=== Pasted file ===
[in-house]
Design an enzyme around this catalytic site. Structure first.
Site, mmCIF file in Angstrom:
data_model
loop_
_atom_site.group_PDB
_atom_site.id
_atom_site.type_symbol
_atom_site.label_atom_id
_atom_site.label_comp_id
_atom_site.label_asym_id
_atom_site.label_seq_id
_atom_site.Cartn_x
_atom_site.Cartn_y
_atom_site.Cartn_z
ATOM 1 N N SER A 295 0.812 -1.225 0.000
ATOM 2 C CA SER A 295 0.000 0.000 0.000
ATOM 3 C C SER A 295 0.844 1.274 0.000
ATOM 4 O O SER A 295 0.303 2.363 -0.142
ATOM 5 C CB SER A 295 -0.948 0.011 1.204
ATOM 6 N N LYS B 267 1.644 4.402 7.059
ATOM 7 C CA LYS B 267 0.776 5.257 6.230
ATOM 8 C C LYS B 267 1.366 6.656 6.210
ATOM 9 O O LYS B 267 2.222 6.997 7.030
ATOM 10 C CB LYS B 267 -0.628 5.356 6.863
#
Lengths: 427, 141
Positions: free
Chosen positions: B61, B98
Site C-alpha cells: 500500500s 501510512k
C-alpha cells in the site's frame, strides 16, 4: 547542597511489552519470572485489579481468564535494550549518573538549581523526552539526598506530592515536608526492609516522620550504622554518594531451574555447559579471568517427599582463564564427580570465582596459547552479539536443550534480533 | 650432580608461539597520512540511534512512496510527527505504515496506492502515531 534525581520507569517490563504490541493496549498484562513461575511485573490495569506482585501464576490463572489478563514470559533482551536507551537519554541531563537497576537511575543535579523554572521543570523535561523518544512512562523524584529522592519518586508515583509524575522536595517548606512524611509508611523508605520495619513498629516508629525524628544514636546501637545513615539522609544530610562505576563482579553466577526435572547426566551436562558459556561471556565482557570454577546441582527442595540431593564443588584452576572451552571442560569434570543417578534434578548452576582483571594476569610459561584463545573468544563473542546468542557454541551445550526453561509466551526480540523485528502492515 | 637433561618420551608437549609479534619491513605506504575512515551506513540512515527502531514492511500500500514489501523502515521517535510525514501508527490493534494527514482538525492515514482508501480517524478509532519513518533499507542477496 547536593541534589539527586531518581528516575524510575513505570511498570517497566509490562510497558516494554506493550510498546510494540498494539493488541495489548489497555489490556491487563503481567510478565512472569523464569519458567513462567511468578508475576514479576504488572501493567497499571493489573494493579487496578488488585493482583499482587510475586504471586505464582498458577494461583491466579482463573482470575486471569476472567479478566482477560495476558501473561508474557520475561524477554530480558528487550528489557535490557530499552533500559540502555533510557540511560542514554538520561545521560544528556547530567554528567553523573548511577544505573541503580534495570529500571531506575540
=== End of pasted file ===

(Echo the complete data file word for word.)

[in-house]
Design an enzyme around this catalytic site. Structure first.
Site, mmCIF file in Angstrom:
data_model
loop_
_atom_site.group_PDB
_atom_site.id
_atom_site.type_symbol
_atom_site.label_atom_id
_atom_site.label_comp_id
_atom_site.label_asym_id
_atom_site.label_seq_id
_atom_site.Cartn_x
_atom_site.Cartn_y
_atom_site.Cartn_z
ATOM 1 N N SER A 295 0.812 -1.225 0.000
ATOM 2 C CA SER A 295 0.000 0.000 0.000
ATOM 3 C C SER A 295 0.844 1.274 0.000
ATOM 4 O O SER A 295 0.303 2.363 -0.142
ATOM 5 C CB SER A 295 -0.948 0.011 1.204
ATOM 6 N N LYS B 267 1.644 4.402 7.059
ATOM 7 C CA LYS B 267 0.776 5.257 6.230
ATOM 8 C C LYS B 267 1.366 6.656 6.210
ATOM 9 O O LYS B 267 2.222 6.997 7.030
ATOM 10 C CB LYS B 267 -0.628 5.356 6.863
#
Lengths: 427, 141
Positions: free
Chosen positions: B61, B98
Site C-alpha cells: 500500500s 501510512k
C-alpha cells in the site's frame, strides 16, 4: 547542597511489552519470572485489579481468564535494550549518573538549581523526552539526598506530592515536608526492609516522620550504622554518594531451574555447559579471568517427599582463564564427580570465582596459547552479539536443550534480533 | 650432580608461539597520512540511534512512496510527527505504515496506492502515531 534525581520507569517490563504490541493496549498484562513461575511485573490495569506482585501464576490463572489478563514470559533482551536507551537519554541531563537497576537511575543535579523554572521543570523535561523518544512512562523524584529522592519518586508515583509524575522536595517548606512524611509508611523508605520495619513498629516508629525524628544514636546501637545513615539522609544530610562505576563482579553466577526435572547426566551436562558459556561471556565482557570454577546441582527442595540431593564443588584452576572451552571442560569434570543417578534434578548452576582483571594476569610459561584463545573468544563473542546468542557454541551445550526453561509466551526480540523485528502492515 | 637433561618420551608437549609479534619491513605506504575512515551506513540512515527502531514492511500500500514489501523502515521517535510525514501508527490493534494527514482538525492515514482508501480517524478509532519513518533499507542477496 547536593541534589539527586531518581528516575524510575513505570511498570517497566509490562510497558516494554506493550510498546510494540498494539493488541495489548489497555489490556491487563503481567510478565512472569523464569519458567513462567511468578508475576514479576504488572501493567497499571493489573494493579487496578488488585493482583499482587510475586504471586505464582498458577494461583491466579482463573482470575486471569476472567479478566482477560495476558501473561508474557520475561524477554530480558528487550528489557535490557530499552533500559540502555533510557540511560542514554538520561545521560544528556547530567554528567553523573548511577544505573541503580534495570529500571531506575540